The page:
Dr. Peter Beresford, Fraser Health’s head of obstetrics and gynecology, couldn’t speak about the specifics of the case for privacy reasons, but said: “I deeply regret their loss and am very sorry for their loss.”

Beresford said such incidents are rare, but that it’s important for health officials to investigate them.

The number of births taking place at ARH – around 2,600 babies were delivered last year – is now 73 per cent higher than the amount delivered in the final years of the MSA Hospital (which ARH replaced). ARH is a Level 2 centre, and that comes with more resources than the Level 1 MSA Hospital, but Beresford said Fraser Health is reviewing whether more obstetrics resources are needed at the hospital.

He said that review was initiated independently of the Mankatalas’ stillbirth.

Whereas MSA hospital had four to five obstetricians, ARH currently has six full-time obstetricians on staff, along with two part-time. The review will also look at the demand on ARH’s six operating rooms.

Beresford said it will “really put a lens on the potential difficulties we face.”

As for the issues raised by Mankatala’s case, Beresford – speaking generally – said communication is one of the key areas of focus for those looking to reduce risks in hospitals. Encouraging the share of information between members of a health care team is key, he said. And patients too should feel comfortable in speaking out.

“It’s really important that patients and their partners feel in control of what’s going on around them.”

* * * * *

Alisha, who has taken issue with how Fraser Health – and Beresford himself – responded to her complaints, thinks more support is needed for parents who lose a baby. She says staff didn’t seem to know how to respond following the stillbirth, and while a social worker was called to discuss her mental health, she says she needed more information about the medical effects, including the arrival of her milk.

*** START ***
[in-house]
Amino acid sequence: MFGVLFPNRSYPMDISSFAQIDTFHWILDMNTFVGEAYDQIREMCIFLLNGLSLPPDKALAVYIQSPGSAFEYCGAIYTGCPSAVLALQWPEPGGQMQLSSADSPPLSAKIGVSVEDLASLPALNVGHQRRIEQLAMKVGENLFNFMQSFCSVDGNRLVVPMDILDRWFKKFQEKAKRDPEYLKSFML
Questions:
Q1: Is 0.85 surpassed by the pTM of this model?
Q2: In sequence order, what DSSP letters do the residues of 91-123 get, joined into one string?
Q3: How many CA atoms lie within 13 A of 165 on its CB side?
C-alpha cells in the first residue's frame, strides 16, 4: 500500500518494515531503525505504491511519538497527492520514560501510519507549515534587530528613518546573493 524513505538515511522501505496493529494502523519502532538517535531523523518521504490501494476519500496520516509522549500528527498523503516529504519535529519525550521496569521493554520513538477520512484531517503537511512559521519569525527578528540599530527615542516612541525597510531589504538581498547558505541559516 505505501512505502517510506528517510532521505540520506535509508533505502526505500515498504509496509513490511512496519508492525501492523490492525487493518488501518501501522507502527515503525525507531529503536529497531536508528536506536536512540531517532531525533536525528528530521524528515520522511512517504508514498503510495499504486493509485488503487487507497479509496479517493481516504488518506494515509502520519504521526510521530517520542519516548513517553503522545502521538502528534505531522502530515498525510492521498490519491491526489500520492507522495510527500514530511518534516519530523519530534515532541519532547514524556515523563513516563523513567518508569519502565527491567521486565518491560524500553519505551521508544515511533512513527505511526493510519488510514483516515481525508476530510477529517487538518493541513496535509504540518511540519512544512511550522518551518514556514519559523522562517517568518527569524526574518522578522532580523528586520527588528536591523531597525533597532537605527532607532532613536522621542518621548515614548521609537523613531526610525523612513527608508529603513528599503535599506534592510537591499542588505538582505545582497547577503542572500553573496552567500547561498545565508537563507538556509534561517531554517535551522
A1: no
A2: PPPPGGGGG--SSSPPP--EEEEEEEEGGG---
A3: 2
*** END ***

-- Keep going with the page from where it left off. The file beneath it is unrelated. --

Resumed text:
“I really hope that they have trained their staff on how to deal with these tragic cases,” she said. “They didn’t know what to do with me.”

Alisha also wishes the hospital had told her that it used a “CuddleCot” to cool stillborn babies and give families more time to say goodbye. Alisha saw Amari three times on the date of the stillbirth, but rejected an offer to see him again the next day, not knowing the CuddleCot was slowing after-death processes.

“I could have had more time with him,” she said.

Her main hope, though, is for Fraser Health to add resources to its obstetrics division. While the college report suggested that her baby’s stillborn death might not have been avoidable, Alisha strongly disagrees. She believes the actions of her doctors were driven by the number of patients those treating her were responsible for.

“Dr. Kim delivered three babies in less than 10 minutes,” she said. “There needs to be more money put into the health care system, especially in Abbotsford, because people are dying, because Fraser Health either don’t want to spend the money or they don’t have the money.

“The doctors are doing the best with what they have but it’s not enough.”


@ty_olsen
tolsen@abbynews.com

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Alisha Mankatala holds her healthy daughter Ariella, who was delivered this spring. The previous year, Mankatala gave birth to a stillborn baby boy. Photo courtesy of Lisa Nelly Photography